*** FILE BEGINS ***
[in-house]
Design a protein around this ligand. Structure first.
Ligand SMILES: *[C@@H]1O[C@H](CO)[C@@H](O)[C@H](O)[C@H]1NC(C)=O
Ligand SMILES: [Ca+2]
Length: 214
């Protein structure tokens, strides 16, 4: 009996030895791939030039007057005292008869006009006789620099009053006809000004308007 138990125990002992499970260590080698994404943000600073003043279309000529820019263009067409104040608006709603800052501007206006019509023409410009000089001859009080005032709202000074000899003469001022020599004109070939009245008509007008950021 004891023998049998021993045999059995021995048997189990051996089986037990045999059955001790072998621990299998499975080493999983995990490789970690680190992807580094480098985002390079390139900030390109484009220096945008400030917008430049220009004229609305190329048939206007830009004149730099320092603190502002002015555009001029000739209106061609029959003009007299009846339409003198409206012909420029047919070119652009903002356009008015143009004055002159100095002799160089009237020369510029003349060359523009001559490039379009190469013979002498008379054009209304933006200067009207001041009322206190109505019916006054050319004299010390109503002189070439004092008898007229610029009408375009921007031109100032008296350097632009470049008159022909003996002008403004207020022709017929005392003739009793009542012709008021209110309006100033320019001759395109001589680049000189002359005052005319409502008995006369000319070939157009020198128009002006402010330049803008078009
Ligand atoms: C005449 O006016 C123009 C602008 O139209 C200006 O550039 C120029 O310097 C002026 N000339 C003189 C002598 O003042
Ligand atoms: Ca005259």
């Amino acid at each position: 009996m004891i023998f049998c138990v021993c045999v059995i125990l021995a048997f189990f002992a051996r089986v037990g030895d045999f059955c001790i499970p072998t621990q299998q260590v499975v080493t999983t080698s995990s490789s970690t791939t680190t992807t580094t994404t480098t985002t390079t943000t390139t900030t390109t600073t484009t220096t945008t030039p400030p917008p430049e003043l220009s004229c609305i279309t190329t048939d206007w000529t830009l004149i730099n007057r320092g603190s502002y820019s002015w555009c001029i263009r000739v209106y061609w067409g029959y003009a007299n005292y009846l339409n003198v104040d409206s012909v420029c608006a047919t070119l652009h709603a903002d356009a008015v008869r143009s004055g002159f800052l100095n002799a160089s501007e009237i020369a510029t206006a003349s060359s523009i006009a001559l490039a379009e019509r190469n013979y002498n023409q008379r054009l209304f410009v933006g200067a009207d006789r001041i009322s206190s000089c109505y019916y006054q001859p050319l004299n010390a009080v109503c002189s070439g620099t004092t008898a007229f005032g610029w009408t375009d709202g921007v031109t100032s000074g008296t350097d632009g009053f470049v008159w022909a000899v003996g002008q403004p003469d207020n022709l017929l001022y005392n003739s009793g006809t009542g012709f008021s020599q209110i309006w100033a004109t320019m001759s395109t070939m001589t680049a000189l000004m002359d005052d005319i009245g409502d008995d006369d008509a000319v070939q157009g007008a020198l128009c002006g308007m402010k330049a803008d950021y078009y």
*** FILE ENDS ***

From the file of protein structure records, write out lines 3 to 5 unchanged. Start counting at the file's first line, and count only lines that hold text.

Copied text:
Ligand SMILES: *[C@@H]1O[C@H](CO)[C@@H](O)[C@H](O)[C@H]1NC(C)=O
Ligand SMILES: [Ca+2]
Length: 214